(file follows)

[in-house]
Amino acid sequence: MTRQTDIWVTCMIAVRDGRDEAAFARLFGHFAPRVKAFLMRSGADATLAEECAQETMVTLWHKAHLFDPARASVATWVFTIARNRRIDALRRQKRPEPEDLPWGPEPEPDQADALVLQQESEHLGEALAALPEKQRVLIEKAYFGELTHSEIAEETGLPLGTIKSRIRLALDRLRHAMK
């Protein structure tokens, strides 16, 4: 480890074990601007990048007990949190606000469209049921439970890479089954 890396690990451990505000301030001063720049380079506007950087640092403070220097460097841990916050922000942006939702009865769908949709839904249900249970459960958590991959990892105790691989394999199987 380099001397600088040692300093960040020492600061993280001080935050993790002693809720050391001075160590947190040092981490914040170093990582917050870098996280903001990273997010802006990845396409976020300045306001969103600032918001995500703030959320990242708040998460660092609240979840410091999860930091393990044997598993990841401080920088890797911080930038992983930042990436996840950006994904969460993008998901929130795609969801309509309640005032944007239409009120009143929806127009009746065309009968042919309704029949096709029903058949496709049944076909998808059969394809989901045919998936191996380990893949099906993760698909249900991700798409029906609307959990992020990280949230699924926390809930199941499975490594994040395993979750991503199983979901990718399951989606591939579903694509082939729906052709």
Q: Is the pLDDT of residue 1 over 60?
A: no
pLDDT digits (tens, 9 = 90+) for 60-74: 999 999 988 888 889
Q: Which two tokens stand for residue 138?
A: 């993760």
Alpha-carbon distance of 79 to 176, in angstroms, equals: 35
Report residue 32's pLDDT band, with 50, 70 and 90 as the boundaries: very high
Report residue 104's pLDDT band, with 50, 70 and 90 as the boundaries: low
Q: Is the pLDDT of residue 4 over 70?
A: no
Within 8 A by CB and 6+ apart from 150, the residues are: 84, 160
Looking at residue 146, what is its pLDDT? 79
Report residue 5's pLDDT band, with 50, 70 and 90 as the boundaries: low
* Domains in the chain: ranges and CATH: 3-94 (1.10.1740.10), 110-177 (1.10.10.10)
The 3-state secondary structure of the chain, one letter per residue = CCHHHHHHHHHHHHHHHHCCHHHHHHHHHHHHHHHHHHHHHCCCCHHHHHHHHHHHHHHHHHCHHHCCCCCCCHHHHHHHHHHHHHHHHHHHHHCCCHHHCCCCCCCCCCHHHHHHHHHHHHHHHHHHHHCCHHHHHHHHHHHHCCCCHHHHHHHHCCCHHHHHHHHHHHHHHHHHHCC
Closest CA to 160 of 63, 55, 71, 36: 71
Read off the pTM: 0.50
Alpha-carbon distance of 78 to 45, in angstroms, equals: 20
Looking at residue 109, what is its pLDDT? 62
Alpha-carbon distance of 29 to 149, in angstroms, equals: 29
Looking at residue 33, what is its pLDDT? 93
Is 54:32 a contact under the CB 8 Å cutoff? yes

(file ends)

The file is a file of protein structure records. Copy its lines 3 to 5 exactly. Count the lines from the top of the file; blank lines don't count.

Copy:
């Protein structure tokens, strides 16, 4: 480890074990601007990048007990949190606000469209049921439970890479089954 890396690990451990505000301030001063720049380079506007950087640092403070220097460097841990916050922000942006939702009865769908949709839904249900249970459960958590991959990892105790691989394999199987 380099001397600088040692300093960040020492600061993280001080935050993790002693809720050391001075160590947190040092981490914040170093990582917050870098996280903001990273997010802006990845396409976020300045306001969103600032918001995500703030959320990242708040998460660092609240979840410091999860930091393990044997598993990841401080920088890797911080930038992983930042990436996840950006994904969460993008998901929130795609969801309509309640005032944007239409009120009143929806127009009746065309009968042919309704029949096709029903058949496709049944076909998808059969394809989901045919998936191996380990893949099906993760698909249900991700798409029906609307959990992020990280949230699924926390809930199941499975490594994040395993979750991503199983979901990718399951989606591939579903694509082939729906052709």
Q: Is the pLDDT of residue 1 over 60?
A: no